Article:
I've been fortunate enough to do some local traveling recently and it's caused me to focus in on a fundamental hurdle the Brookline market is facing.

How many Brookline buyers are current Brookline residents?

How many Brookline sellers are staying in Brookline?

Where are our buyers coming from and where are our sellers going?

In discussing these questions with people in my office it's clear that only 10%-20% of the clients we work with are "second-time" Brookline buyers. It makes sense that someone who lives in the "average" condo in Brookline - a $475,000 two bedroom - or the "average" house - a $1.1 million 3 or 4 bedroom needs somewhere to "step-up" to. These two average properties point to some of the fundamental difficulty. How many buyers can move from the average condo to the average house? Very few, if any.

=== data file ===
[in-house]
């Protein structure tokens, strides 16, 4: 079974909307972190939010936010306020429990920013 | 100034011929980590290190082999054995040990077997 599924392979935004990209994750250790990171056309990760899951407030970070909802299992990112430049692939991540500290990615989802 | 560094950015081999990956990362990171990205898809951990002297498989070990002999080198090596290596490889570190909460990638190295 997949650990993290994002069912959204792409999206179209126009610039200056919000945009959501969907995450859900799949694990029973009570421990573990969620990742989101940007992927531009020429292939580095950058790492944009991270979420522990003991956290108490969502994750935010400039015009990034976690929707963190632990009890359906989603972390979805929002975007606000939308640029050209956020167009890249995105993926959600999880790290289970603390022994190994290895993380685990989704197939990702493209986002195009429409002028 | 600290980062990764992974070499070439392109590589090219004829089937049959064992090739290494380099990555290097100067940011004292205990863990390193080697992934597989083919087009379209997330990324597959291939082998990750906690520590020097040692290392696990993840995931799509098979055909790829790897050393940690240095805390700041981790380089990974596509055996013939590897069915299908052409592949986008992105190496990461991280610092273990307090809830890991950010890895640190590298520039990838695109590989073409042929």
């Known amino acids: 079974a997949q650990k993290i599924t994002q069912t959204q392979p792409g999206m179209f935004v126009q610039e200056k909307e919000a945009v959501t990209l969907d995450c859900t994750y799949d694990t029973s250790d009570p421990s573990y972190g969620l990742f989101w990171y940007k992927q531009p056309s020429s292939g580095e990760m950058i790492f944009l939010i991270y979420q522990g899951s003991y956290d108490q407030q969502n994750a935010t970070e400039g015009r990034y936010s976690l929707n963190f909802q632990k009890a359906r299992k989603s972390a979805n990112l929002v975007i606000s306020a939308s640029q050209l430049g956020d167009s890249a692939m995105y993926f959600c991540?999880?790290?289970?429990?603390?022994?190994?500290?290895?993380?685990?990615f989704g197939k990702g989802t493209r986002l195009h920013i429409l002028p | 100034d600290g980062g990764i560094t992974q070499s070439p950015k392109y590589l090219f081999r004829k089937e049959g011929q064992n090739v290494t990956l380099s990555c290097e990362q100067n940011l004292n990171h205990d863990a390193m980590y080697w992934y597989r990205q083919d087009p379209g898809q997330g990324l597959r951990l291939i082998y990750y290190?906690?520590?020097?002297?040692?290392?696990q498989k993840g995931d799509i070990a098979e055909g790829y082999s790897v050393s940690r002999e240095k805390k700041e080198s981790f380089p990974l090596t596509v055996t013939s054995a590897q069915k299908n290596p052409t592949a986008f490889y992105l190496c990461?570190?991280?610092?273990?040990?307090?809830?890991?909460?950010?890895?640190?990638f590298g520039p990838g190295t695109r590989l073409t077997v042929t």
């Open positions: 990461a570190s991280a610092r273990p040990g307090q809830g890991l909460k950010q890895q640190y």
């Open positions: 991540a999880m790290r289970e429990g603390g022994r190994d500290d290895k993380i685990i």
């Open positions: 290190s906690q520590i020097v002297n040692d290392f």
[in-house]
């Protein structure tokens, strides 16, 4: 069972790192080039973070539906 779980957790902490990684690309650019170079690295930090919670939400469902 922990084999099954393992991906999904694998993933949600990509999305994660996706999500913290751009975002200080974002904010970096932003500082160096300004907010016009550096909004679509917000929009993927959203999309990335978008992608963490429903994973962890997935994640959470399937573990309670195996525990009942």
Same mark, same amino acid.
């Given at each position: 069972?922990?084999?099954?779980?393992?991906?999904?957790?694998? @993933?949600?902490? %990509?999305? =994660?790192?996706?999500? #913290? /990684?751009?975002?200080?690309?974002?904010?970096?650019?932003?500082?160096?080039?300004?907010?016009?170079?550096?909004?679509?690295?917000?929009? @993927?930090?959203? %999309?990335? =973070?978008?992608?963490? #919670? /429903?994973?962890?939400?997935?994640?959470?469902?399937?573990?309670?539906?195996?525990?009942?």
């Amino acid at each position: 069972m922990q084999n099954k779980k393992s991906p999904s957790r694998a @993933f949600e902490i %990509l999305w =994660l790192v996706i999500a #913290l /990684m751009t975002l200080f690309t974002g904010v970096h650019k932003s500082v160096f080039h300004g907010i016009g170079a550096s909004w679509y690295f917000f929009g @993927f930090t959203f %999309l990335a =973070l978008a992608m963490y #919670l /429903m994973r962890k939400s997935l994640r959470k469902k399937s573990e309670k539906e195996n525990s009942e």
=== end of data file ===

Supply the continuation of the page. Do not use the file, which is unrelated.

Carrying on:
So, the difficulty buyers and sellers are having right now is the realities they live in are in a disconnect. Buyers coming into Brookline are coming from a real estate environment VERY different from what we have here. They might hear the stats from qualified and experienced agents, but they still have to go home and experience the reality of their own neighborhoods. In most cases those other realities are stagnant sales and crumbling prices. Somehow, speaking as an agent, we need to rebuild the trust in buyer agency as a highly experienced and trusted resource. Buyers also need to do their homework and find someone they can trust to work with. Yes, there are so many internet resources out there to help introduce home buyers to the property in their search area, but nothing can substitute for the experience of a well versed professional.

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Tuesday, June 10, 2008


What were they thinking?